Free SSL Certs, Automatically Renewed
SSL certificates are basically required for all modern web sites. The problem is that (1) they cost money, and (2) you have to renew them every year or so. It gets to be a real pain, especially if you manage multiple sites.
There is an alternative-- create a (free) self-signed certificate, and give it an expiration of 99 years, but anyone who visits your site will see a huge warning message that it is unsafe.
The solution: Let's Encrypt.
How Does It Work?
The truly remarkable thing about Let's Encrypt isn't that it's free, it's that your certificates are automatically renewed before they expire. This is done thanks to a server-side program which runs twice a day, called "certbot". Luckily it's extremely easy to install and set up. I had it set up for my site flightpathlabs.com in about five minutes. I followed this guide for setting it up with Ubuntu 18.04.
Using the certbot program, you inform Let's Encrypt that you want a new certificate for your web site. LE then sends back the relevant files, and automatically configures your apache vhost file. All certs expire in 90 days, but don't worry-- after 60 days have passed, your server will automatically check with Let's Encrypt and request a new cert, and the process repeats forever. And amazingly, it's all completely automatic.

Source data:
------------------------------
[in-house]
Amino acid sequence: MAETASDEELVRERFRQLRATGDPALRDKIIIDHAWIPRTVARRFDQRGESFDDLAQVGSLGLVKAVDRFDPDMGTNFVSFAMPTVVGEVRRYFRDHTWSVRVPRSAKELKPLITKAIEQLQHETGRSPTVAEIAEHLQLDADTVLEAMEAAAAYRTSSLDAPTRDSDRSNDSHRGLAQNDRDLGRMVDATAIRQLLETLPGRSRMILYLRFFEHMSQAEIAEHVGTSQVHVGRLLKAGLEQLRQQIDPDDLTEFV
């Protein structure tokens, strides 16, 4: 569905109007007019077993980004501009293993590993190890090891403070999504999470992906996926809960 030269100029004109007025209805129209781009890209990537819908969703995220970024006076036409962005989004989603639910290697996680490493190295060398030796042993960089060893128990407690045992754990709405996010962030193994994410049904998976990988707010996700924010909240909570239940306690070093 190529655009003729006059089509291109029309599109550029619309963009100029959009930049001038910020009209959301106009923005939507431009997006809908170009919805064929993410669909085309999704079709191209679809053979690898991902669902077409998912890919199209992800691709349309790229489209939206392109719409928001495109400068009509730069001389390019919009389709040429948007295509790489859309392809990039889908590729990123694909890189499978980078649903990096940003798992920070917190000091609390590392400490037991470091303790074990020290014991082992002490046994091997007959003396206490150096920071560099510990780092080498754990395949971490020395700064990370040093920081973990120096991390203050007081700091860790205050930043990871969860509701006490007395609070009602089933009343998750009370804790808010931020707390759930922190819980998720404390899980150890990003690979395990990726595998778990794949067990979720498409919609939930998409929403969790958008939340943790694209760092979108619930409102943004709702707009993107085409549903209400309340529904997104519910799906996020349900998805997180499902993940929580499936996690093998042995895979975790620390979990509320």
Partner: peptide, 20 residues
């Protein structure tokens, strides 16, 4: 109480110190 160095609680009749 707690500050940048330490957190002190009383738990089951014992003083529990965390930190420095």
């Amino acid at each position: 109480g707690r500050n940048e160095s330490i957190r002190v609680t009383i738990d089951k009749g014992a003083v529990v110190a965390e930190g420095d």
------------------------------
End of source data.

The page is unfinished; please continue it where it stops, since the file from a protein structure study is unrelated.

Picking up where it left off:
Why 90 Days?
In a blog post, Let's Encrypt explains their reasoning for their certificates lasting only 90 days. Simply put, this lifetime avoids mis-use, and encourages automation. When everything is automated, the lifetime doesn't really matter as much, and in fact they have stated they may even go shorter than 90 days in the future.
Can I Trust It?
Absolutely! The certificates issued by Let's Encrypt use the same encryption algorithms and security as paid SSL certs. I set everything up with default values, and my most recent cert was 2048 bit, using sha256 with RSA for the signature-- exactly the same as my most recent paid SSL cert. The only difference is Let's Encrypt is free and automatically renews (when set up using certbot).
Do All Web Browsers Accept It?
The short answer is: Yes, pretty much anything you throw at it (updated within the last 10 years), will accept LE certificates just fine.
The long answer is: Let's Encrypt is "counter-signed" by older and trusted certificate authorities, which means that as long as those CA's are trusted by the browser, then the LE certificate will be accepted. But, there are some very old browsers which may not accept it.
Check out the compatibility guide from Let's Encrypt for a better idea.